The Godesberg Declaration
In the spring of 1939, Reich Minister of Church Affairs Hanns Kerrl undertook a new attempt to bring order to the divided German Evangelical Church. To this end, he wanted to unite all church factions on the basis of common principles, which were to be undersigned by the German Christians to the neutral “center” and even the moderate Confessing Church and presented to the public in a statement.
Kerrl hoped this would induce Hitler to change the state and party’s stance toward the Protestant church. The disputes surrounding the principles distressingly revealed how widespread and deeply rooted the aversion to Judaism was in German Protestantism.
The first draft of the principles, the “Godesberg Declaration” from the end of March 1939, gained notoriety. This declaration constituted a dreadful conflation of Christianity and Nazi weltanschauung. It defined Christianity exclusively “völkisch-nationally” and equally targeted Judaism and ecumenism.
It stated that the Christian faith is the irreconcilable religious opposite of Judaism. International ecumenism was defamed as political degeneration of Christianity. The declaration was undersigned not only by radical German Christians but also by numerous notable representatives of the neutral church “center”.
The Reich Minister of Church Affairs was however unable to move church leaders who were not German Christians to accept the declaration. He therefore entrusted representatives of the church “center” with drafting a new version, which was intended to accommodate the bishops affiliated with the moderate Confessing Church. Although the new principles from the end of May 1939 were toned down, they contained more severe statements on the relationship between Judaism and Christianity:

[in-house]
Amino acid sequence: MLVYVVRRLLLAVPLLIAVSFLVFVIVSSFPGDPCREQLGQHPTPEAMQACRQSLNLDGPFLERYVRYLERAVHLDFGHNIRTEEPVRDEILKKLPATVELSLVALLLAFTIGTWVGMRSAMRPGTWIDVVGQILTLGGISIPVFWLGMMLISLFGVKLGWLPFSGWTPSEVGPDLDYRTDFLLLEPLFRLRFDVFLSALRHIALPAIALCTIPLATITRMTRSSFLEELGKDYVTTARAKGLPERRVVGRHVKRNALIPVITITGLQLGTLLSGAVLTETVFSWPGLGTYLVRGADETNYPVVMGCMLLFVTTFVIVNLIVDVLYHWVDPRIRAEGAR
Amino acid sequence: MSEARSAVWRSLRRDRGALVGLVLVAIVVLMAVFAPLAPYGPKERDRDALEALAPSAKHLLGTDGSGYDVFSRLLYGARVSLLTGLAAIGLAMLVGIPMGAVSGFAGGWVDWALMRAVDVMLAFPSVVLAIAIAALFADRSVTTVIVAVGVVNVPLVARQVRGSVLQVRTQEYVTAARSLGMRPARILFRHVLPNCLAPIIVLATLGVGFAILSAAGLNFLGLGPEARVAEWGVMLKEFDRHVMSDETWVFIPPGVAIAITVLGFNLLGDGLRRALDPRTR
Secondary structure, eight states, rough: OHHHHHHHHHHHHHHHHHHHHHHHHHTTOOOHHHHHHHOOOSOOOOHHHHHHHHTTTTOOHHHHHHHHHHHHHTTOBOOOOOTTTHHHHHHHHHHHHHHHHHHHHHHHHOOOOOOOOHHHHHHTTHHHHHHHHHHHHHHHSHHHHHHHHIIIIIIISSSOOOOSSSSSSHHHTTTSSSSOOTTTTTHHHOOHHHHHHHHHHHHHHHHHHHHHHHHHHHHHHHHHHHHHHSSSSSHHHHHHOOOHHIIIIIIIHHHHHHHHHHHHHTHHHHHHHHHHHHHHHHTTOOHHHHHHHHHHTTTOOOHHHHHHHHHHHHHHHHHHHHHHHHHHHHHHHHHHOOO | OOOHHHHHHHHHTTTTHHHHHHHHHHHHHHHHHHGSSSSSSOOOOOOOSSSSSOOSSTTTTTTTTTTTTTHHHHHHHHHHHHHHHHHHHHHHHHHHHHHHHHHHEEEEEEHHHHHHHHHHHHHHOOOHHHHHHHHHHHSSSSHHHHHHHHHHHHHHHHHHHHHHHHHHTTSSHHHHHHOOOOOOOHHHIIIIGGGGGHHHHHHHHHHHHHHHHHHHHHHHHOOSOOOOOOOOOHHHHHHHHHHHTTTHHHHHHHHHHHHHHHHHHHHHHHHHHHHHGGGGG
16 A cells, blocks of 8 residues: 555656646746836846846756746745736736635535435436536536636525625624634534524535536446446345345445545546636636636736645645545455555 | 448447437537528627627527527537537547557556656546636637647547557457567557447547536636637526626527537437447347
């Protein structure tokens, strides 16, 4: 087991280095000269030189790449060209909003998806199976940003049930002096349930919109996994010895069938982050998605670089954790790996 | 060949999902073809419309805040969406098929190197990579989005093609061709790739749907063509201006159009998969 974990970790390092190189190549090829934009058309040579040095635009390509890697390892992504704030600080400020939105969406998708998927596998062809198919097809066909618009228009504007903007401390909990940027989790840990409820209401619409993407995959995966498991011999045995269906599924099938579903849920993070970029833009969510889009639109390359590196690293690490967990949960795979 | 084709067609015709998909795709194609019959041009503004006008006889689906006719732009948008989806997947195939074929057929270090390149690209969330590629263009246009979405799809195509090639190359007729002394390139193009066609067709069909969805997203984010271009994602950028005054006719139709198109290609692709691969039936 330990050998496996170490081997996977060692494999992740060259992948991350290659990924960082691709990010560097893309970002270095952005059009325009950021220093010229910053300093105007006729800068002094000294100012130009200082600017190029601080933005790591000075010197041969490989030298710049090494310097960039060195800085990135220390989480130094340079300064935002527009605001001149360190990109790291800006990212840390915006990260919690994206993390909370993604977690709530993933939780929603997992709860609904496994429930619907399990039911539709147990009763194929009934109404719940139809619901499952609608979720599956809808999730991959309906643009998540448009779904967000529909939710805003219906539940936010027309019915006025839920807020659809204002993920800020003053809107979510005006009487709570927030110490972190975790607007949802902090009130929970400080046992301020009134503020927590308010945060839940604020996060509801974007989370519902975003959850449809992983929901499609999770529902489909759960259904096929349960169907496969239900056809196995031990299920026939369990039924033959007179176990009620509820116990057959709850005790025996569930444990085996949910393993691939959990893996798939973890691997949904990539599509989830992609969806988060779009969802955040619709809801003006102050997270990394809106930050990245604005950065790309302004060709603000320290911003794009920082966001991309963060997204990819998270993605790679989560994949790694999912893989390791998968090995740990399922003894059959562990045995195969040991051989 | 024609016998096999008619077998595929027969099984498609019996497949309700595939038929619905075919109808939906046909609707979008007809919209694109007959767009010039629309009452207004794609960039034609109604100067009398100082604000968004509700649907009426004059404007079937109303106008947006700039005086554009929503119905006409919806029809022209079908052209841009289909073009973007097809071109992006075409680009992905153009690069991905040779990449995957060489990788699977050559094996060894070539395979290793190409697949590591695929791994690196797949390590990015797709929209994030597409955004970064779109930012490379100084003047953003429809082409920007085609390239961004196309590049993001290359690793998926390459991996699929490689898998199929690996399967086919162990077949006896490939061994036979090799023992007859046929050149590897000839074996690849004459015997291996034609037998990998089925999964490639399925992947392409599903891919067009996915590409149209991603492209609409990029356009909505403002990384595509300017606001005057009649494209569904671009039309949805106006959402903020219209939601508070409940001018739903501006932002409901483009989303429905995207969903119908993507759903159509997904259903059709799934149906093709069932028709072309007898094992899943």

Nazi weltanschauung relentlessly combats the Jewish race’s political and spiritual influence on our völkisch life. In obedience to the divine order of creation, the Evangelical Church affirms its duty to keep our Volkstum (ethnic peoplehood) pure. Moreover, there is no sharper conflict in the domain of faith than that between the message of Jesus Christ and the Jewish religion of legalism and hope for a political Messiah.
The church leaders who were not German Christians did not sign, however. Instead, the moderate Confessing Church bishops August Marahrens, Theophil Wurm and Hans Meiser as well as a few other church leaders submitted another version of the principles to the Reich Minister of Church Affairs, which was toned down yet again. Yet, this version also stated:
In the domain of faith, there is a sharp conflict between the message of Jesus Christ and his Apostles and the Jewish religion of legalism and hope for a political Messiah. … A serious and responsible racial policy that keeps our nation pure is essential in the domain of völkisch life. Even a statement from the radical Confessing Church rejecting the Godesberg Declaration included the formulation: The Christian faith is in an irreconcilable religious conflict with Judaism.
Kerrl’s plan to unite all the factions of German Evangelical Church with one common declaration ultimately ended in a shambles. Although the church center still promoted the principles until the outbreak of war, neither the radical German Christians nor the church leaders who were not German Christians could not be moved to accept it en masse.
Since, under pressure from the Reich Minister of Church Affairs, August Marahrens, bishop of the Hannover regional church, and a few other church leaders who were not German Christians undersigned the principles after all, even the hitherto united front of church leaders who were not German Christians threatened to collapse.
Source / title
- ©Evangelisches Zentralarchiv in Berlin, 1/1271, Bl. 8ff.